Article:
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Moab resident Louis Williams cringes every time he tells visitors the name of the canyon with the great hike to a stunning arch: Negro Bill Canyon.
Williams, a window cleaner who has lived in Moab for 14 years, is leading a renewed campaign to change the name of the southern Utah canyon that he and others believe is inappropriate. He has posted an online petition that has garnered more than 600 signatures and plans to submit a formal renaming application to the U.S. Board of Geographic Names.
"People cringe when we have to tell the name of it. The looks on their face is: 'What did you just say?' " Williams said. "People ask. 'Why is it named that?' They don't ask who he is."
He wants it to bear the last name of the black cowboy who ran cattle there in the 1870s, William Granstaff. The canyon name has already been changed in the 1960s to "Negro Bill Canyon" from a name that featured a derogatory word.
He said he has dug up history that shows Granstaff's name was actually spelled with a "d" after the "n." That's why he wants it renamed as Grandstaff Canyon.
"Most of the places and streets and trails that were named after settlers just used their last names," Williams said. "That is what we should do for him."
Even though efforts in the late 1990s and 2000s to change the canyon name were met by resistance from the National Association for the Advancement of Colored People, Williams is optimistic the idea will gain more traction this time. His campaign is one of dozens across the country to rename canyons, reservoirs, lakes and other places still bearing names deemed derogatory.
There are 757 places with "negro" in the name from Alaska to Florida and Maine to California, according to an analysis of government records.
But the president of the NAACP's Salt Lake City chapter, Jeanetta Williams, said her organization opposes the name change just as it did when others tried to make the switch.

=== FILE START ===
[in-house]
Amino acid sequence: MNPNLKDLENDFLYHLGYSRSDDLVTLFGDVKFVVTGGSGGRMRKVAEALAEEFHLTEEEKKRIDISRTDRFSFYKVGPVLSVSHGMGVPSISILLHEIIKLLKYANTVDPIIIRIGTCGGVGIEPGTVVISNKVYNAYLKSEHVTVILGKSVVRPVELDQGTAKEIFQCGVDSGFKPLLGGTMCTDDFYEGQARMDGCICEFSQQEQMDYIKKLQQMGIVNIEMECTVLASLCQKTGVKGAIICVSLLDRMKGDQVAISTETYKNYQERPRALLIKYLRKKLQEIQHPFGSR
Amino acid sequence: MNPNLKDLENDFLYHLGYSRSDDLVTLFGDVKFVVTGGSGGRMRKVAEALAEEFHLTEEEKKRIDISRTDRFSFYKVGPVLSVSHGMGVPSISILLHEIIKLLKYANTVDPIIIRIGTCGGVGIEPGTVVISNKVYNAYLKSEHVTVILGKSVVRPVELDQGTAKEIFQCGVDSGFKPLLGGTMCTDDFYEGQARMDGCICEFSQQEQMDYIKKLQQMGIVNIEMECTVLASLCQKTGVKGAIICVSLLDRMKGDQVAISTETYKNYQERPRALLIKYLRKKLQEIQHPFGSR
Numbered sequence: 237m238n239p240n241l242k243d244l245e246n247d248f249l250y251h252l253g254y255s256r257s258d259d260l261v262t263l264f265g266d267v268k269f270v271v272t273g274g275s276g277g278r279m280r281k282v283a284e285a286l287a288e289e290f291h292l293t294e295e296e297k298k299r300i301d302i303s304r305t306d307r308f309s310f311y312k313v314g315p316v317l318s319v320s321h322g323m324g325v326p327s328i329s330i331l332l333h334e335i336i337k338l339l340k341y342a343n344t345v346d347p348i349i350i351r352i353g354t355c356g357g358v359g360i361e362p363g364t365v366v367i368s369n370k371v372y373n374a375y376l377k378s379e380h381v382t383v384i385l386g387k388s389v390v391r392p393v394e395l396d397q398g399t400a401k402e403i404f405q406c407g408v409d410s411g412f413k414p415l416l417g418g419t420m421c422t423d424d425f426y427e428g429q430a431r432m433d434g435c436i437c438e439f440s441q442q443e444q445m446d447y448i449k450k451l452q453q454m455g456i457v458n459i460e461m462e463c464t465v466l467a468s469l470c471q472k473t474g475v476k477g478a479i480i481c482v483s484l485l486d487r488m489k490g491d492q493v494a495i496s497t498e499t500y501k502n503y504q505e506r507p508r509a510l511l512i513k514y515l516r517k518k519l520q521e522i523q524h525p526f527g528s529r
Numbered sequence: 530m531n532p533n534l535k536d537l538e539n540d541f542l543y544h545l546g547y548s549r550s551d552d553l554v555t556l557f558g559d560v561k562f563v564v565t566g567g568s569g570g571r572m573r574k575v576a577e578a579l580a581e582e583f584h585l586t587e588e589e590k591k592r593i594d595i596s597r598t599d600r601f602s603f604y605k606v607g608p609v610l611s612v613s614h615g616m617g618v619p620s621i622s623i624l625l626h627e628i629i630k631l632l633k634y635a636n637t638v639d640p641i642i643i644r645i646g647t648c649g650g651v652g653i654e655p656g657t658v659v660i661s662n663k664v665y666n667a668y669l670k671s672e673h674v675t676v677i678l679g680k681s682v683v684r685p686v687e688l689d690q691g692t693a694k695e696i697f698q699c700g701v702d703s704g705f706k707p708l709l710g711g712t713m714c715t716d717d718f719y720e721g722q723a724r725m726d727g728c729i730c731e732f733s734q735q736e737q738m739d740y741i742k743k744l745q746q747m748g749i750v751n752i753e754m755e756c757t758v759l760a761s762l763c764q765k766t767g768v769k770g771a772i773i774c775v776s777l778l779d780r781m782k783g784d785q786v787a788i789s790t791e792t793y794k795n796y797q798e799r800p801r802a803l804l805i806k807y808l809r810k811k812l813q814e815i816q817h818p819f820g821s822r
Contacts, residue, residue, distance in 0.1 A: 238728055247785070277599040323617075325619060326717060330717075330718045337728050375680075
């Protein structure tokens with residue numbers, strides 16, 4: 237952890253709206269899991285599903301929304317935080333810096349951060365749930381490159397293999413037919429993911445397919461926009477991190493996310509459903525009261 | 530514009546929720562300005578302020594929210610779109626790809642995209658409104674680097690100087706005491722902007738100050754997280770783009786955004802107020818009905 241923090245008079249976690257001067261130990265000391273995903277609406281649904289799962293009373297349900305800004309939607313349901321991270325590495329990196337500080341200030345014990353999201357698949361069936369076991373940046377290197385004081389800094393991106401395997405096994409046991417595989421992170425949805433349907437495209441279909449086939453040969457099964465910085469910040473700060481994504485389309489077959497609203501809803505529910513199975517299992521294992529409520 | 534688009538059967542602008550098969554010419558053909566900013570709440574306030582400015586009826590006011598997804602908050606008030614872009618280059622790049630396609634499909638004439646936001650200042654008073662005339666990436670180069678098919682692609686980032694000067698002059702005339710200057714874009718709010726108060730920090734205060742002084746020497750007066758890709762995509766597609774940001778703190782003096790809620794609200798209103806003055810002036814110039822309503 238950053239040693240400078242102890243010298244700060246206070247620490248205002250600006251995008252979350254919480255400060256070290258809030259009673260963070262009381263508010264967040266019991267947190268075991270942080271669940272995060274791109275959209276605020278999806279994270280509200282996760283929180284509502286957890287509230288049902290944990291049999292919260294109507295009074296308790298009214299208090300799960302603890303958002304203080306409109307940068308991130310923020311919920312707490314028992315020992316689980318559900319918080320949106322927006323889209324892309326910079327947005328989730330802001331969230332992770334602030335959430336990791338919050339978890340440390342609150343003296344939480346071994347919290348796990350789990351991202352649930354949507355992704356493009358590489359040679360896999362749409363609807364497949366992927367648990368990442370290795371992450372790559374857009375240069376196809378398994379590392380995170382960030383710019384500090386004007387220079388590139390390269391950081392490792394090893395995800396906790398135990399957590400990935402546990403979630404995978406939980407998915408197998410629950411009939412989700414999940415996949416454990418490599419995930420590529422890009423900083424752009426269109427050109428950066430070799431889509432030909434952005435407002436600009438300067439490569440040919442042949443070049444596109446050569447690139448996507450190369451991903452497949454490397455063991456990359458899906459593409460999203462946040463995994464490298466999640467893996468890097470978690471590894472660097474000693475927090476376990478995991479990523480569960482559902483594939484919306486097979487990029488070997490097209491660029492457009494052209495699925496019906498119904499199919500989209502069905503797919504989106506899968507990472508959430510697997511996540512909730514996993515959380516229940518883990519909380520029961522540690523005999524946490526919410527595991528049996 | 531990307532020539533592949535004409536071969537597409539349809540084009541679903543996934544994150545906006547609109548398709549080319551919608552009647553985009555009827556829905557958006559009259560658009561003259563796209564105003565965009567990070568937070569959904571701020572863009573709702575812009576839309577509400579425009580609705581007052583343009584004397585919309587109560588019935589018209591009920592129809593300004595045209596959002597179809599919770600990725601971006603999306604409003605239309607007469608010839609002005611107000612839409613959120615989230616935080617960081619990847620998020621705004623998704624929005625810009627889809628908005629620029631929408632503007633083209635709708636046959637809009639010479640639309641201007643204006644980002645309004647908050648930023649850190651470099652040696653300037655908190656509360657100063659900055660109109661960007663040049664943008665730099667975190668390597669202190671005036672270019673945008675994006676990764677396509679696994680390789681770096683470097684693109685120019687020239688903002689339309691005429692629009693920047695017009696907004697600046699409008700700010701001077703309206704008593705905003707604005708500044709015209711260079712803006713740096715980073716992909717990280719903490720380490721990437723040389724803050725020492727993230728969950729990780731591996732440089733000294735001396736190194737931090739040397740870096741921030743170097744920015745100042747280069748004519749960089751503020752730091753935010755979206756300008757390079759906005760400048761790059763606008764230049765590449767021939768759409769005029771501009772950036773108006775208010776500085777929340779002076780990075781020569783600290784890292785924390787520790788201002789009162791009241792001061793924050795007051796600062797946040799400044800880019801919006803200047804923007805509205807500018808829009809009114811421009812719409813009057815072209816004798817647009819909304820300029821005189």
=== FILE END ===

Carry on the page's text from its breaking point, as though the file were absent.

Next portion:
"If the name changes, it's going to lose its history," she said. "Negro is an acceptable word."
With one of the longest natural arches in the country at the end of the four-mile roundtrip hike, the canyon is a popular destination for hikers visiting Moab. So far, the petition has more than 600 signatures as of Friday many from out of state. The site has been up since Nov. 11.
"My favorite hike in the Moab area, but I always feel sick to my stomach to repeat the name to anyone and explain the puzzled looks," wrote Linn DeNesti, of Kingston, Wash., in the online petition. "PLEASE honor William Grandstaff and rename this beautiful canyon!"
"Let's do justice to Moab's rich history by renaming the canyon in a way that does justice to Bill without alienating or offending residents and visitors alike!" wrote Faye Geiger, of Logan, Utah.
Bruce Hucko, of Moab, put it simply in his comment on the online petition: "It's about time!"
The NAACP and Louis Williams do agree on one thing: There should be a sign or marker near the trailhead featuring Granstaff's story.
"We would rather leave it there as it is now and to get information in the curriculum in the schools about the canyon itself to let people know more about the history," said Jeanetta Williams.
Associated Press writers Tracie Cone in Fresno, Calif., and Felicia Fonseca in Flagstaff, Ariz., contributed to this report.